The season of giving is upon us. Christmas Eve and Day have long been favorite holidays of mine, but over the years, financial constraints and a shift in philosophy have changed my views and feelings surrounding celebrating the holidays. Fortunately, it seems our families are also on board, limiting the amount of presents and focusing instead on the time we are spending surrounded by those we hold dear. This year, more than in years past, my husband and I are embracing the “Christ” in Christmas, and working at incorporating His birth and life into our family’s celebration of the holidays.
We are doing a homemade Christmas this year, with most of our gifts made by myself, my children, or someone local. My mom and sister tend to do a lot of homemade gifts as well, so I guess it runs in the family. We are thrifters too, recycling someone’s old presents into new gifts for our loved ones. Giving a gift you put thought, energy, and time into feels better to us than shopping off wish lists.
Now it seems to be crunch time to get my gifts made, wrapped, and under our tree, and I am procrastinating. The days seem to go by so quickly, without much (if any) time for me to dedicate to gift-making. I tell myself, “Tonight I will buckle down and get the presents made,” and yet night falls and my energy and desire wane with it. I love crafting and have some lovely ideas for presents, but just feel drained from the days spent caretaking.
Giving: I feel some days it is all I do, especially with children as young and close in age as ours. I own up to muttering under my breath more than once, through tightly closed lips, “All I do is give, give, give!” And the truth is, some days it IS all I do. Yet other days, when my hubby stops to pick out a delicious bottle of red wine or chocolate bar for just us to share, or my king-of-compliments son tells me he thinks I’m pretty, or my oldest and most private child shares a sweet story, dance, or song with me, I feel filled back up.
Some days I give a lot more than I get, and other days it evens out. Parenting feels like an act of selfless giving 24/7. It is hard at times to see if all the love, time, worry, thought, guilt, hard work, reading and research will pay off. Living and parenting on the outer edges of “traditional” is what feels right to us, but it has some drawbacks. I feel a constant need to explain myself – why we don’t have a TV, why we get outside and into nature in all types of weather, why we let our kids experience their emotions and don’t always insist they share everything, why we don’t want Disney or character gifts for Christmas. The list could go on and on.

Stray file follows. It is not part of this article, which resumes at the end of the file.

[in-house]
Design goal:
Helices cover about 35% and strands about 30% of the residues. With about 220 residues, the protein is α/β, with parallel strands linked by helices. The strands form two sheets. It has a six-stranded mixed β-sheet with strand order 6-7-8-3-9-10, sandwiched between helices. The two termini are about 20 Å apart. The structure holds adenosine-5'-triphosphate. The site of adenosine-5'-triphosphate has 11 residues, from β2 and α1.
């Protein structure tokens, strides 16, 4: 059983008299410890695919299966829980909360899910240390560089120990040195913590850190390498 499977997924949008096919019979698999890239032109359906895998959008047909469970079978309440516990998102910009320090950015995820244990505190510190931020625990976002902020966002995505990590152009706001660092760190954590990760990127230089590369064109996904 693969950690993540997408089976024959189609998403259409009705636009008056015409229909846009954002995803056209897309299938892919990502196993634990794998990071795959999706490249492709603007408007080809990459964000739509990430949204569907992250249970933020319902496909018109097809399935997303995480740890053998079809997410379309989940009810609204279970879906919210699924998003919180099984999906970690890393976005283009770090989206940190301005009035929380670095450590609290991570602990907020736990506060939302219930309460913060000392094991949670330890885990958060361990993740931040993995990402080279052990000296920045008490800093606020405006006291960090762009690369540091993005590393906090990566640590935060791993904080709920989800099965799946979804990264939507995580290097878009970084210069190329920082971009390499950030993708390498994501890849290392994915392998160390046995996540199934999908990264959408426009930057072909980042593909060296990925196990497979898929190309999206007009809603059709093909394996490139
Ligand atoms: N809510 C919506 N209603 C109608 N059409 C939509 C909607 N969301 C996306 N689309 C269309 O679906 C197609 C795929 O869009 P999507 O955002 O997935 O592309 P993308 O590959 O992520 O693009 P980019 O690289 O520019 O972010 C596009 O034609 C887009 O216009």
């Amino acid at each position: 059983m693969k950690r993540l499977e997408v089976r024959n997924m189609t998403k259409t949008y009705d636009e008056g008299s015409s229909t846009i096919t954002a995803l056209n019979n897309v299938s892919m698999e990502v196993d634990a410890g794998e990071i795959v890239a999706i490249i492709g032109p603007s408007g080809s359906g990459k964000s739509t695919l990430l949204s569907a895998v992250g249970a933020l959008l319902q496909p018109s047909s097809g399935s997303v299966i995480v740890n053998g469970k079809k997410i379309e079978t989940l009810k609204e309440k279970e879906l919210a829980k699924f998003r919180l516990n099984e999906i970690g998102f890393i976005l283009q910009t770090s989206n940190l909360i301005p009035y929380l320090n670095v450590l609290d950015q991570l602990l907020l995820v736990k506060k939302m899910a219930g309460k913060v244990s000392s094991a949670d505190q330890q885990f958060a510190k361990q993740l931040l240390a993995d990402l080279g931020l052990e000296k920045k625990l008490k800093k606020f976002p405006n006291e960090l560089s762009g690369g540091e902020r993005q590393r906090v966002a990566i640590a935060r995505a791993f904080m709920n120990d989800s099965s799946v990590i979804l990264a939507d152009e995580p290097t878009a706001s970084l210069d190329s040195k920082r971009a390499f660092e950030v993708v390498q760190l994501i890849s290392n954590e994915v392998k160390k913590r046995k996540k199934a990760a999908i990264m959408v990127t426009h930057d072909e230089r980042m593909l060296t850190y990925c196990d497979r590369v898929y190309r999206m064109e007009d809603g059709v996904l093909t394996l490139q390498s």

Some moments, when my kids are especially crazy and I feel a bit powerless, or we are with friends who have very different parenting styles and I feel a bit “judged” (or I am the one doing the judging), I wonder if what we are doing and how we choose to raise our family are the best and will benefit our kids in the ways we hope and pray. Often, someone reminds me we are on the right path through simple ways: the explosion of imagination in my children; the way they love and interact with nature on our Sunday morning trips to a local nature preserve; the lovely ways my eldest mimics the caretaking she sees when playing “house”; or just how life seems to sometimes fall into place when I try a more gentle technique in my parenting.
Other times, when my eldest clings to my side and whines half the day away, or my son hits/kicks/bites/pinches his little sister for the umpteenth time that day, or my youngest (18 months) still won’t consistently sleep through the night and then ends up crabby the next day, I wonder if I’m doing things “right” after all. I am slowly realizing there is no “right” way to it, just what feels right to each of us.
After a spontaneous visit with my kids, my dad and my 93-year-old grandma recently, I feel a bit renewed. My grandma, the matriarch of our family, mother to 11, grandmother and great grandmother to 50+, told me I get an A+ for motherhood. Although it was a silly sweet compliment, I took it to heart. I told her every day I do my best and try to improve; then I leave the rest to hope and prayer. She told me that all you have is this day, so why would we try to make it anything but great!
Coming from a strong woman I respect and love, these are words I am hanging onto. The truth is we do have to give and give and give as mothers and fathers. But we also have to remember to give to ourselves so that we can continue to give fully and selflessly to our children. Then we can all share in these great days, days filled with love, rhythm and warmth, and intermingled with whining, singing, tantruming, compliments, anger, and joy. So maybe I could give myself a day “off” to work on those love-infused, homemade Christmas presents.
Mara Spiropoulos is the blog coordinator and parent voice for the LifeWays North America blog. She is a recent graduate of the LifeWays training program, resides in Milwaukee, WI, and is a full-time mother to 3 young children. Mara enjoys spending time in nature, reading and researching natural parenting and living, and crafting. She would love to hear from anyone willing to be a guest writer and you can reach her by email at firstname.lastname@example.org.